ALLEN, Richard S.
Past and Present of the City of Rockford and Winnebago County, IL, C. A. Church.   Chicago:  Clarke Publishing Company, 1905, p 752

Richard S. ALLEN, deceased, for many years a resident of Rockford, was numbered among its early settlers, having located here in 1849.  He was a native of Probus, Cornwall, England, born 28 Nov 1833, a son of Thomas ALLEN and a grandson of Henry ALLEN, both native of Probus, in which place the grandfather spent his entire life, following the stonemason's trade.  The father, Thomas ALLEN, was also a stonemason, who continued his residence in his native town and was there married to Miss Margaret SECOMB, a daughter of Samuel and Joanna SECOMB.  Thomas ALLEN died in Probus in 1841, his wife surviving until 1843.  They were the parents of ten children:  Samuel, Elizabeth, Mary, John, Mary (2nd), Henry, Emma, Edwin, Richard S. and William.  Mary (1st) and Henry died in England, but the others of the family came to America, making their homes in the Praire state [IL],  and nearly all are yet residents of IL.  Samuel enlisted in Company D, 74th IL Infantry, and was killed at the battle of Little Fort, SC.  John ALLEN was a manufacturer of artificial stone in Rockford, and is now living retired in this city.

Richard S. ALLEN received but a common school education in his native country, and there began to learn the trade of a cutter in a tailor shop.  In 1849, in company with some of his brothers and sisters, he sailed for America and made his way direct to Rockford, where he secured employment in the tailoring establishment of Joe BURNS.  He afterward worked for WALLACH & BACHERACH for a short time, and then accepted a position in the shop of George R. ATKINSON, a leading tailor of Rockford, with whom he remained for 12 years, at the end of which time he began business on his own account, opening a tailoring establishment on East State Street, where he remained for several years.  He then removed to the west side, where he conducted business for several years, after which he returned to the employ of Mr. ATKINSON.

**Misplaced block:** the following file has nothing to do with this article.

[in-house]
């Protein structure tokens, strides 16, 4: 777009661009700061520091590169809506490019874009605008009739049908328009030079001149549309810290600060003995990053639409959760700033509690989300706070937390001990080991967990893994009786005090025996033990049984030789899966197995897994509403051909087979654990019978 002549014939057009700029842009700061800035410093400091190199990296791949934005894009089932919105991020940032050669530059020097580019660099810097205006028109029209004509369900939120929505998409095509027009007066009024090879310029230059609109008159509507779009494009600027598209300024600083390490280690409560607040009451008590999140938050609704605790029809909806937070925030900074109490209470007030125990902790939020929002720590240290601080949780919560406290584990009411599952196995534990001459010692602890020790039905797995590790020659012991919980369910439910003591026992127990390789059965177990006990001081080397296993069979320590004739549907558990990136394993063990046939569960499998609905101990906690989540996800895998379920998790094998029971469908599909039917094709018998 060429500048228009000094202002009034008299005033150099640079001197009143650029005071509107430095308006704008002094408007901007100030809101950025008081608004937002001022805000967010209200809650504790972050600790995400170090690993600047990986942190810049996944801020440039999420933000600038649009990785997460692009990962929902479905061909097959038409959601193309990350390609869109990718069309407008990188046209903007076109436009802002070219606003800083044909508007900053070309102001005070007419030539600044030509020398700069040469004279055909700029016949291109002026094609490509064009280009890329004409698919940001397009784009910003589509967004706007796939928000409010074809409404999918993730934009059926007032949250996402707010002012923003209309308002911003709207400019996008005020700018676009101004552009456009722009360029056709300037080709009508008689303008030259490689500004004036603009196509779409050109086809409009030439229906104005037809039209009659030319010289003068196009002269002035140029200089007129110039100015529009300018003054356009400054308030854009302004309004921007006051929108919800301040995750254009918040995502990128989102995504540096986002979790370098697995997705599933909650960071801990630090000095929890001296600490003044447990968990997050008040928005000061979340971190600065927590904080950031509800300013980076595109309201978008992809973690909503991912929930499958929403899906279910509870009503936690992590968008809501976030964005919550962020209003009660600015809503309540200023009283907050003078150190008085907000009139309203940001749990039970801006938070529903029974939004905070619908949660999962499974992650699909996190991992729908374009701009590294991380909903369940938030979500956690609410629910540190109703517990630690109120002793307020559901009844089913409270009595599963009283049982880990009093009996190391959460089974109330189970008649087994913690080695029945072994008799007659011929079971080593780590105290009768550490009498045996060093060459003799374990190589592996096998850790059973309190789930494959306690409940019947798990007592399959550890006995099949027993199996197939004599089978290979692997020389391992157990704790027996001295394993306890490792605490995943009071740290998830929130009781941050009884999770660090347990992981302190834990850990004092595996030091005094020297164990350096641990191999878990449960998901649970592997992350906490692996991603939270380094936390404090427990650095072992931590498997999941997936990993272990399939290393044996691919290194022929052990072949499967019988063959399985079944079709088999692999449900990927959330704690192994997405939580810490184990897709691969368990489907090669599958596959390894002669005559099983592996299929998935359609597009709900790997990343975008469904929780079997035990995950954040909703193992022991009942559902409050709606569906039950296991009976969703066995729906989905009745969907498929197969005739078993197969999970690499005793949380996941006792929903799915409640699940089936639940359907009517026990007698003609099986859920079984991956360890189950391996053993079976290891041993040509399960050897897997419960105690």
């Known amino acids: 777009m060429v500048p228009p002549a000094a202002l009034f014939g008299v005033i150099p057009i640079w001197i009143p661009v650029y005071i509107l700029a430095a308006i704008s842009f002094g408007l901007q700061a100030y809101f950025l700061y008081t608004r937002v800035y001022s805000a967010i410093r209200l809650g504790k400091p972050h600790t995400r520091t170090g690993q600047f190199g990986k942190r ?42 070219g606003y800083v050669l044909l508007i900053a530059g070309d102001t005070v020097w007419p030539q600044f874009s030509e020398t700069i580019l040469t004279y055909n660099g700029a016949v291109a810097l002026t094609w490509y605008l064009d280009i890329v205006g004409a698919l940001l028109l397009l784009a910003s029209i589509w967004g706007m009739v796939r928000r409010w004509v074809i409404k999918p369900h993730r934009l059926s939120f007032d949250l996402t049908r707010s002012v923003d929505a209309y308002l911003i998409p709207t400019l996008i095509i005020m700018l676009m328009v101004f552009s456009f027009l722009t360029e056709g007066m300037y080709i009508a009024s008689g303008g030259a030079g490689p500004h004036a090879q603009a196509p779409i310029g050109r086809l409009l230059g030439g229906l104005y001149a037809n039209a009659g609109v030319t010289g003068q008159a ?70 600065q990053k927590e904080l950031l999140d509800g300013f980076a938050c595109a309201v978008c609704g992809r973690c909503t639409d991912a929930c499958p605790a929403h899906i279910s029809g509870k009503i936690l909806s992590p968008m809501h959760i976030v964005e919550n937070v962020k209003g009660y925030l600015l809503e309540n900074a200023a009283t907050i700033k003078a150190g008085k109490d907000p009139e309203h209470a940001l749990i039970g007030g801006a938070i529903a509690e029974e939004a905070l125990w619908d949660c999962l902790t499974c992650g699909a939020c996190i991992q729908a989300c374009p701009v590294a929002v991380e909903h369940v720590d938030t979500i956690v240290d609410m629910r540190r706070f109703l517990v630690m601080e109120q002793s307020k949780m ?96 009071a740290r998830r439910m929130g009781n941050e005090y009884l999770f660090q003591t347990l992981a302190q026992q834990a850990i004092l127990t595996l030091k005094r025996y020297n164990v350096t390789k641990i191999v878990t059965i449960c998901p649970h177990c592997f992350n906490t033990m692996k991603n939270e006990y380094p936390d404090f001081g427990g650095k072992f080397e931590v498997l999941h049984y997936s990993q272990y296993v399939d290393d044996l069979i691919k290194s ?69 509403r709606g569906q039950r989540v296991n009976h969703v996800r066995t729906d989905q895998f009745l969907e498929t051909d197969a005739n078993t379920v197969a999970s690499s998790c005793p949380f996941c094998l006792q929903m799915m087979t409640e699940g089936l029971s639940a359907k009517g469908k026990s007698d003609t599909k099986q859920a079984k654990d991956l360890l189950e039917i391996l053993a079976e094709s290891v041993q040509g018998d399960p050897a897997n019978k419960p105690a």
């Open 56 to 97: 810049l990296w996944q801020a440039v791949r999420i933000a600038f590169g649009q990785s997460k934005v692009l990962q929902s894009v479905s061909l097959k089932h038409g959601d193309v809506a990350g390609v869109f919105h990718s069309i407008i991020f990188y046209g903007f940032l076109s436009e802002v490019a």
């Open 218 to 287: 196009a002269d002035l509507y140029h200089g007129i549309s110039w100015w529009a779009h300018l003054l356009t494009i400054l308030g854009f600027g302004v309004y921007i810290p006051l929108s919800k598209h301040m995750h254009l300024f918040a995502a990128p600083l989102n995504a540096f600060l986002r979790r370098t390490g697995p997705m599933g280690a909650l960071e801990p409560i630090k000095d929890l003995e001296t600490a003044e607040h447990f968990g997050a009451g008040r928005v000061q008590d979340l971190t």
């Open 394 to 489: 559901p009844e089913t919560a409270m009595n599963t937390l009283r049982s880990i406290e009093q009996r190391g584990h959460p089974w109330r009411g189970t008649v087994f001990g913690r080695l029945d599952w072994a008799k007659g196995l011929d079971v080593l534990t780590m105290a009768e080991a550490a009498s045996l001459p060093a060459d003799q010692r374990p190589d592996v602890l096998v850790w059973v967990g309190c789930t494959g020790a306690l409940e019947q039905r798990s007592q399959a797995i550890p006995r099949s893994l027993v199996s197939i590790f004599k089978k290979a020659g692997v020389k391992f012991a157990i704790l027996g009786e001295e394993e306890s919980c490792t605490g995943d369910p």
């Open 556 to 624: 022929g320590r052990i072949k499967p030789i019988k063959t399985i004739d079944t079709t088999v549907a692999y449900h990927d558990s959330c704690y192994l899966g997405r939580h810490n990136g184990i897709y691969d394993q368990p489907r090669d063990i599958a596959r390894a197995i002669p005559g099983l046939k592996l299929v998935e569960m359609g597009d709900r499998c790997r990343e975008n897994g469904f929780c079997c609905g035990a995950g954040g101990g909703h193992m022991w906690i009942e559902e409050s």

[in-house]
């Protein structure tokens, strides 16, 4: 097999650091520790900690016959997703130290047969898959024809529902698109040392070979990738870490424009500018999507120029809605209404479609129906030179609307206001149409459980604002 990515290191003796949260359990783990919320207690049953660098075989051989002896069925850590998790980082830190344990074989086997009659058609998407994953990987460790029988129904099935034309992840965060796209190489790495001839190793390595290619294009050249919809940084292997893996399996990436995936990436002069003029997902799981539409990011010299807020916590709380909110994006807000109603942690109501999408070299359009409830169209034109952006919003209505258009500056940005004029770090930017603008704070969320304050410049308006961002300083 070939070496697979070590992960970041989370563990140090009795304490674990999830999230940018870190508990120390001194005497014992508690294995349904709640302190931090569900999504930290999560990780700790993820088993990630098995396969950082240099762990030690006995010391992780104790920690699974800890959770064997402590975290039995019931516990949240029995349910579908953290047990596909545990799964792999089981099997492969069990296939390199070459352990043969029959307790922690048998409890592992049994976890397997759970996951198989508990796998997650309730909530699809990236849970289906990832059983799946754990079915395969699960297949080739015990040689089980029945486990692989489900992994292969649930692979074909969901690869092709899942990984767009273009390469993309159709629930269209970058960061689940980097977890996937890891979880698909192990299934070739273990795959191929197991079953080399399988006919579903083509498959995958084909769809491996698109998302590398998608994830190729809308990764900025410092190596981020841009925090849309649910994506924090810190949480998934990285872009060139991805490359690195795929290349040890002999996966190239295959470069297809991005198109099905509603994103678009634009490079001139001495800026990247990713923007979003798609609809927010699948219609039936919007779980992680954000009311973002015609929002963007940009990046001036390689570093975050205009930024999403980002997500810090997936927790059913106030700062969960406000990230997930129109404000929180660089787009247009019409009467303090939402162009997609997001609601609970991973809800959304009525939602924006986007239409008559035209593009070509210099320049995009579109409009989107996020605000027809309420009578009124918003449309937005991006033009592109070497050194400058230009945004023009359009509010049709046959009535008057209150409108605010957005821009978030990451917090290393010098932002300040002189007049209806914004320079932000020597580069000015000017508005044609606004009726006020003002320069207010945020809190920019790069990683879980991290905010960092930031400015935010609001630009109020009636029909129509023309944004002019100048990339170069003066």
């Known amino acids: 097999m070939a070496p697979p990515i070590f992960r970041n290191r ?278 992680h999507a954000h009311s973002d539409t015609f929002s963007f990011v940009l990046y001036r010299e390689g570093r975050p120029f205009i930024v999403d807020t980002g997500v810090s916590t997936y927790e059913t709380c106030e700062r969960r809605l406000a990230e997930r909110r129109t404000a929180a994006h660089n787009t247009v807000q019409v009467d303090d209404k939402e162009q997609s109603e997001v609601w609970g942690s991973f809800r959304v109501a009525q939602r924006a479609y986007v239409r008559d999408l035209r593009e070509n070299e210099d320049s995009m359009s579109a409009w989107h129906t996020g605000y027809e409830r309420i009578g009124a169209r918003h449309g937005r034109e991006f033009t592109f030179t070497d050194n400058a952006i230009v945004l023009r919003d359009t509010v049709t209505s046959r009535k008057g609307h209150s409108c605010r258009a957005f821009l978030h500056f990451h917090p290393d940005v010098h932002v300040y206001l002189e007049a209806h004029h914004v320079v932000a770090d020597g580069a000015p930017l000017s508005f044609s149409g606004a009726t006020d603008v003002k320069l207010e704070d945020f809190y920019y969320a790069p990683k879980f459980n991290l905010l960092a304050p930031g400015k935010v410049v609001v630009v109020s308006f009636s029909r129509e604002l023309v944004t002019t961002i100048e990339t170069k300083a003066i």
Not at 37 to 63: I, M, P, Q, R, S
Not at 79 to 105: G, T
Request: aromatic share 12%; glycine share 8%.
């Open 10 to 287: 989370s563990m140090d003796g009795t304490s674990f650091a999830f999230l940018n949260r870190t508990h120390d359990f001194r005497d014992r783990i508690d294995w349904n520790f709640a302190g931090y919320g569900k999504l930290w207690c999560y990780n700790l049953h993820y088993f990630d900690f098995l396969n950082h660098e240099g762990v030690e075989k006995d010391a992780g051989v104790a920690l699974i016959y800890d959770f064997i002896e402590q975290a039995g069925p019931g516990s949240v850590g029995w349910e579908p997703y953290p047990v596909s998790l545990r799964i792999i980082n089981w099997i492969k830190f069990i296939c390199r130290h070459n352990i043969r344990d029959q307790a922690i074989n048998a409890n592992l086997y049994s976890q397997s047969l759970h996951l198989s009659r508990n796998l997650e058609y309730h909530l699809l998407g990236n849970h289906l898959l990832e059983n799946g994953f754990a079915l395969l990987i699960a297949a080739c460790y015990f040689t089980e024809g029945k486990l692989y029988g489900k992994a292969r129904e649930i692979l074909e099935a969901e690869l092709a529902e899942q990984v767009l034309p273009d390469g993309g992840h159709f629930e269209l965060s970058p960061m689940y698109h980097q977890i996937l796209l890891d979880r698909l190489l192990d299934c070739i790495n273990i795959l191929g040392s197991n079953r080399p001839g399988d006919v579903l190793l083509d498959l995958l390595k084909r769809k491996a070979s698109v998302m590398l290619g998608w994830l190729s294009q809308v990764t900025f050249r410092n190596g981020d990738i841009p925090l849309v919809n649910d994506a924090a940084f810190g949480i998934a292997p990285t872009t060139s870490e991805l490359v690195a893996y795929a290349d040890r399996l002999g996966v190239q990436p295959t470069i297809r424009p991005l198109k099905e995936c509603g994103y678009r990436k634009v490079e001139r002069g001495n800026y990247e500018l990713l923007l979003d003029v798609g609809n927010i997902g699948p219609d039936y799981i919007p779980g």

On 22 Jul 1857 Mr. ALLEN was married in Beloit [Rock County], WI, to Miss Clarissa Jane WOODWORTH, a native of Dunham, Canada, born 07 Dec 1836, a daugher of Gresham and Clarissa (HILL) WOODWORTH, the former a native of the state of NY, and the latter of Canada.   The father, removing to Canada, there resided until 1840, when he came to Winnebago County [IL] and purchased a farm in Guilford Township, where he carried on general agricultural pursuits until his death.  Mrs. WOODWORTH then came to Rockford, where she made her home with her children until her demise.  Mr. and Mrs. ALLEN became the parents of three children.  Frank S., the eldest, a glazier by trade, married Carrie E. SMITH, of Rockford, a daughter of H. T. SMITH, who was a stonemason by trade, and formerly resided in this city, but is how living in KS.  Frank S. ALLEN and his wife reside in Rockford with his mother, and they have one son, Howard R., born 09 Feb 1895.   Charles died at the age of 10 months, and Hattie died at the age of 14 months.

Mr. ALLEN continued to work at his trade until 1892, when he gave up business on account of ill health and lived retired for about 11 years.  On 09 Feb 1904 he died at his home on Harlem Avenue.  He was never an office seeker but always a stanch republican, and took an active interest in the adoption of principles of the party.  He held membership in Rockford Lodge, No. 102, Free and Accepted Masons, and in the Ancient Order of United Workmen, and was true to the principles of those orders.  Mrs. ALLEN, her son, and his wife are all members of the State Street Baptist church, and they have one of the fine homes of the city, recently erected at No. 1107 Harlem Avenue.  Mr. ALLEN belonged to that class of citizens who form the real strength of the country, men who are industrious and reliable in business, favor public progress, and cooperate in those movements which secure the greatest good to the greatest number.  He did not seek self-aggrandizement, but sought the general welfare, and he was worthy of high respect.

Submitted by Cathy Kubly.